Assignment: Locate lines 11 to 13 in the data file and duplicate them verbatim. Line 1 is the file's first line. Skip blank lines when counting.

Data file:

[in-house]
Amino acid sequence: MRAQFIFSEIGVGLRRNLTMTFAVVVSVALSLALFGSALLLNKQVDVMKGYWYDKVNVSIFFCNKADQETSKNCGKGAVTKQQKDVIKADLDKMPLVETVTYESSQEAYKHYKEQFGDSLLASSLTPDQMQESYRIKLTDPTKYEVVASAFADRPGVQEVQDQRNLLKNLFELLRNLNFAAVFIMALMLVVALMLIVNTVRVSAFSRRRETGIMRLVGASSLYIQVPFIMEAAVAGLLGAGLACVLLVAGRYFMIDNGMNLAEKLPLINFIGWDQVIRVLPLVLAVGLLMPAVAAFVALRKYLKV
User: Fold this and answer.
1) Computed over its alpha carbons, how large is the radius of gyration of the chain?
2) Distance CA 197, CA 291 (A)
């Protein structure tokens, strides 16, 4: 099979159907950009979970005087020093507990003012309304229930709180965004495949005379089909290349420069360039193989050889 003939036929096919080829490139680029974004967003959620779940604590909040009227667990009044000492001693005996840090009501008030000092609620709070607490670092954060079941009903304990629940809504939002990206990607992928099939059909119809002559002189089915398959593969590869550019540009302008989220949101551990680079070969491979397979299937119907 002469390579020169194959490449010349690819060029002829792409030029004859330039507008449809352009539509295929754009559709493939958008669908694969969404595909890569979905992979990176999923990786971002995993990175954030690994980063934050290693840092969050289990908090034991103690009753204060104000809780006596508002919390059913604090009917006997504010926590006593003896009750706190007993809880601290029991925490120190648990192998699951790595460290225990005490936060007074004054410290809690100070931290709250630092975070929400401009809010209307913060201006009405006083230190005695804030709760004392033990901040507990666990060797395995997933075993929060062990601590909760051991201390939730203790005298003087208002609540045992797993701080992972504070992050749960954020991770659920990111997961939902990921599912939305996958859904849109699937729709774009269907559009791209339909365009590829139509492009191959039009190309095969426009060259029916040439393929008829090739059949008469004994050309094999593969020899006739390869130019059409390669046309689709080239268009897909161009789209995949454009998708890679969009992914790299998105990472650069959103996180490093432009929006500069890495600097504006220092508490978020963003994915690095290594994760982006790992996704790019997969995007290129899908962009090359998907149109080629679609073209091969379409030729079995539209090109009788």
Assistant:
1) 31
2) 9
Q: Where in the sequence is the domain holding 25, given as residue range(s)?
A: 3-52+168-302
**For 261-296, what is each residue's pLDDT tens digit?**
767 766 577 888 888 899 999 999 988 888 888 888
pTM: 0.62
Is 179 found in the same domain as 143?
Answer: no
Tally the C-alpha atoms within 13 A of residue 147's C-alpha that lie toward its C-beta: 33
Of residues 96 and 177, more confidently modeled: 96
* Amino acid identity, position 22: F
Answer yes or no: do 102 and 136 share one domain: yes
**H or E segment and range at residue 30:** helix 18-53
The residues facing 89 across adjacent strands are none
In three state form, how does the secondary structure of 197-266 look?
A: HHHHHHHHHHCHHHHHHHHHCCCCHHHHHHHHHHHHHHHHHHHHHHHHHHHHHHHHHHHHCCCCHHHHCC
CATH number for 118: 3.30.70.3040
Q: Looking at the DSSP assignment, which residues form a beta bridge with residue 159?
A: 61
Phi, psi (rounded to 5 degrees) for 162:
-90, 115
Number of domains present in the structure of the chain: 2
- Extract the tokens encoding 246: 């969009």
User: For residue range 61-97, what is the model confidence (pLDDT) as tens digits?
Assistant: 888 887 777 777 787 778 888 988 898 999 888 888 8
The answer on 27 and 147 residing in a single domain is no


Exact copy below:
A: 3-52+168-302
**For 261-296, what is each residue's pLDDT tens digit?**
767 766 577 888 888 899 999 999 988 888 888 888